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With the IS in tatters, will radicalisation rise in Europe’s prisons?


BRUSSELS – Now that the Islamic State’s territory in the Middle East has been abolished, Europe faces obvious threats from foreign fighters (FFs) returning from jihadist-oriented conflicts.

One of the big knock-on effects will be the impact on radicalisation in Europe’s prisons. With national capitals due to transpose by September 2018 a new EU directive that criminalises FF participation in wars and attempts to travel to them, the size of Europe’s radicalised prison population is bound to grow.

Despite buckets of EU money thrown at the problem during the last 10 years, however, Europe has done a poor job at staunching prison radicalisation, whether at national, regional or local level because no one has yet hit on an airtight counter-radicalisation formula. There are still too many unknowns for determining when someone has passed from an attraction to radicalisation to the intent to deploy violence.

It doesn’t help matters that there is lingering reluctance in some political circles to publicly call a spade a spade, namely that a direct link does, indeed, exist between violent jihadist terrorism and certain interpretations of Islam.

British, Dutch, Danish, French and Spanish officials increasingly acknowledge this link (not to mention the right-wing governments of Poland, Hungary and Austria). Even the EU’s own counter-terrorism coordinator has done so publicly in the last year. But ironically the one European country with proportionally the biggest jihadist problem seems unable to do the same, namely Belgium.

That reluctance was on full display during a debate on prison radicalisation organised here on 16 January by the European Policy Centre during remarks by panellist Luc Van Der Taelen.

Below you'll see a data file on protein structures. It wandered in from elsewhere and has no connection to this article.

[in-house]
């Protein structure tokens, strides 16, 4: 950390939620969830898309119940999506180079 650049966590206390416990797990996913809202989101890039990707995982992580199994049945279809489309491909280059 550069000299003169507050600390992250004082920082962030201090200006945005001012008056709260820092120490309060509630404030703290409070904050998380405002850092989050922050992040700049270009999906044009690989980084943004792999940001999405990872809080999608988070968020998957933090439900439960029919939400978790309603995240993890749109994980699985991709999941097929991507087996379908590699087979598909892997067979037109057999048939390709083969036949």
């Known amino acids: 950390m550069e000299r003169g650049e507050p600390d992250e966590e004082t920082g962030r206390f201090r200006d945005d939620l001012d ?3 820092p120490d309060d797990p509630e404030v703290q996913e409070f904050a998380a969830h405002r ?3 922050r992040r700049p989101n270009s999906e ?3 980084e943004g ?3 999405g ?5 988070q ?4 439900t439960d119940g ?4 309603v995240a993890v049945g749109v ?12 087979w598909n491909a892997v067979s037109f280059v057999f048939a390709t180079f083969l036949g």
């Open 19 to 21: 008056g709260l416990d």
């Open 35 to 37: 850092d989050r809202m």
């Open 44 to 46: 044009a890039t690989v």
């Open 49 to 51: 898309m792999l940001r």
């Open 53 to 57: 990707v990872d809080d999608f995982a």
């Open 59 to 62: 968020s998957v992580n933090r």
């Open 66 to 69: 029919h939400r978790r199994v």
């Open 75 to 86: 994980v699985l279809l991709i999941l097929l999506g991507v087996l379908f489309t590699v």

Police commissioner with the Belgian Federal Police, and project manager of its community policing and counter-radicalisation programme, Van Der Taelen gushed against “linking jihadism and extremism to Islam. It has to be about respecting diversity and differences”.

That contrasted sharply with observations by fellow panelist Selim Cherkaoui, a Belgian Muslim of Moroccan origin, whose NGO works inside Belgium’s prisons in hopes of weaning their radicalised Muslims away from extremist ideologies. “There is a hierarchy of power and prestige among prisoners, with the terrorists at the top and the pedophiles at the bottom,” said Cherkaoui. “The problem is that many religious but non-radicalised Muslims in prison see the terrorists in a positive light, as soldiers of Allah.”

Another example of Van Der Taelen’s aversion to taking a public stand was his refusal to provide any indication of the size of Belgium’s Muslim prison population.

When SECURITY EUROPE posed this simple statistical question to him and the panel’s third speaker – Ian Acheson, former prison governor in the UK and head of the government’s 2016 review of Islamic extremism in prisons – the difference in their response was revealing.